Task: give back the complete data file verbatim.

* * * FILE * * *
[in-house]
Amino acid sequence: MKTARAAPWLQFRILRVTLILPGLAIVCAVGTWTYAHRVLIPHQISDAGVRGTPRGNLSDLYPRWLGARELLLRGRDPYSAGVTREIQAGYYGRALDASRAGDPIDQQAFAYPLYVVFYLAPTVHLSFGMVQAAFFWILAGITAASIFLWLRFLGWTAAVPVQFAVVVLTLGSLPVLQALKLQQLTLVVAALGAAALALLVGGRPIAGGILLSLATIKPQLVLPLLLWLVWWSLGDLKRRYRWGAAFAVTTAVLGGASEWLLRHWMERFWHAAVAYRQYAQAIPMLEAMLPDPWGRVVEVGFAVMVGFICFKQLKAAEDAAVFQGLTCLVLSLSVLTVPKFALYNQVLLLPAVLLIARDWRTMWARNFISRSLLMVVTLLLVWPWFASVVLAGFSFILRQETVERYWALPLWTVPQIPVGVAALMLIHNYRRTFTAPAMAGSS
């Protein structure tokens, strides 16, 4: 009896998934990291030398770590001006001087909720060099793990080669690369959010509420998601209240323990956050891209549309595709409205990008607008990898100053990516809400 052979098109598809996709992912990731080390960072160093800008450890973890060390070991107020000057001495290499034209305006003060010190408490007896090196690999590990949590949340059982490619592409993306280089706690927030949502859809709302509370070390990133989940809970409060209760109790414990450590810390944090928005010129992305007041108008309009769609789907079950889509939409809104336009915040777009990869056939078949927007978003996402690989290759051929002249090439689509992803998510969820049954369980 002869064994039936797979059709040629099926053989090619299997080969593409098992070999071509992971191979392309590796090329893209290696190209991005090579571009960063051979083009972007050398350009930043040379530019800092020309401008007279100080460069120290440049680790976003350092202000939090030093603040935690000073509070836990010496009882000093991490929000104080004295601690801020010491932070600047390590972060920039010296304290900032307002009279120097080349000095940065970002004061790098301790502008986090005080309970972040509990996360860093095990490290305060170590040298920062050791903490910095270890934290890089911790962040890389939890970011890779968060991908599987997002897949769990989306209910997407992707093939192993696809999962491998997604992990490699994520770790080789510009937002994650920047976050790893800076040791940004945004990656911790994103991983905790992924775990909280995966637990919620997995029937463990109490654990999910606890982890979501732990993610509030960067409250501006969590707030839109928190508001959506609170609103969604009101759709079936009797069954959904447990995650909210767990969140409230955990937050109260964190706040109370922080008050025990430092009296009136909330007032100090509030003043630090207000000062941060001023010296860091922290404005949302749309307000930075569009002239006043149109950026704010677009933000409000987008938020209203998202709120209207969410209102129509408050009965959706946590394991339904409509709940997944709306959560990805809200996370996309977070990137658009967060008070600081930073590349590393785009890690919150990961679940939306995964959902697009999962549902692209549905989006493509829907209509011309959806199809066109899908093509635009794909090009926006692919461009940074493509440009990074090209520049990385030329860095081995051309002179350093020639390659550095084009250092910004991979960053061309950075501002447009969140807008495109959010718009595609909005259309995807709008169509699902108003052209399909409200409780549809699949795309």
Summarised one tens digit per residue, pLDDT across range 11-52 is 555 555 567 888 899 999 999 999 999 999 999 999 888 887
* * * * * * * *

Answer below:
[in-house]
Amino acid sequence: MKTARAAPWLQFRILRVTLILPGLAIVCAVGTWTYAHRVLIPHQISDAGVRGTPRGNLSDLYPRWLGARELLLRGRDPYSAGVTREIQAGYYGRALDASRAGDPIDQQAFAYPLYVVFYLAPTVHLSFGMVQAAFFWILAGITAASIFLWLRFLGWTAAVPVQFAVVVLTLGSLPVLQALKLQQLTLVVAALGAAALALLVGGRPIAGGILLSLATIKPQLVLPLLLWLVWWSLGDLKRRYRWGAAFAVTTAVLGGASEWLLRHWMERFWHAAVAYRQYAQAIPMLEAMLPDPWGRVVEVGFAVMVGFICFKQLKAAEDAAVFQGLTCLVLSLSVLTVPKFALYNQVLLLPAVLLIARDWRTMWARNFISRSLLMVVTLLLVWPWFASVVLAGFSFILRQETVERYWALPLWTVPQIPVGVAALMLIHNYRRTFTAPAMAGSS
């Protein structure tokens, strides 16, 4: 009896998934990291030398770590001006001087909720060099793990080669690369959010509420998601209240323990956050891209549309595709409205990008607008990898100053990516809400 052979098109598809996709992912990731080390960072160093800008450890973890060390070991107020000057001495290499034209305006003060010190408490007896090196690999590990949590949340059982490619592409993306280089706690927030949502859809709302509370070390990133989940809970409060209760109790414990450590810390944090928005010129992305007041108008309009769609789907079950889509939409809104336009915040777009990869056939078949927007978003996402690989290759051929002249090439689509992803998510969820049954369980 002869064994039936797979059709040629099926053989090619299997080969593409098992070999071509992971191979392309590796090329893209290696190209991005090579571009960063051979083009972007050398350009930043040379530019800092020309401008007279100080460069120290440049680790976003350092202000939090030093603040935690000073509070836990010496009882000093991490929000104080004295601690801020010491932070600047390590972060920039010296304290900032307002009279120097080349000095940065970002004061790098301790502008986090005080309970972040509990996360860093095990490290305060170590040298920062050791903490910095270890934290890089911790962040890389939890970011890779968060991908599987997002897949769990989306209910997407992707093939192993696809999962491998997604992990490699994520770790080789510009937002994650920047976050790893800076040791940004945004990656911790994103991983905790992924775990909280995966637990919620997995029937463990109490654990999910606890982890979501732990993610509030960067409250501006969590707030839109928190508001959506609170609103969604009101759709079936009797069954959904447990995650909210767990969140409230955990937050109260964190706040109370922080008050025990430092009296009136909330007032100090509030003043630090207000000062941060001023010296860091922290404005949302749309307000930075569009002239006043149109950026704010677009933000409000987008938020209203998202709120209207969410209102129509408050009965959706946590394991339904409509709940997944709306959560990805809200996370996309977070990137658009967060008070600081930073590349590393785009890690919150990961679940939306995964959902697009999962549902692209549905989006493509829907209509011309959806199809066109899908093509635009794909090009926006692919461009940074493509440009990074090209520049990385030329860095081995051309002179350093020639390659550095084009250092910004991979960053061309950075501002447009969140807008495109959010718009595609909005259309995807709008169509699902108003052209399909409200409780549809699949795309």
Summarised one tens digit per residue, pLDDT across range 11-52 is 555 555 567 888 899 999 999 999 999 999 999 999 888 887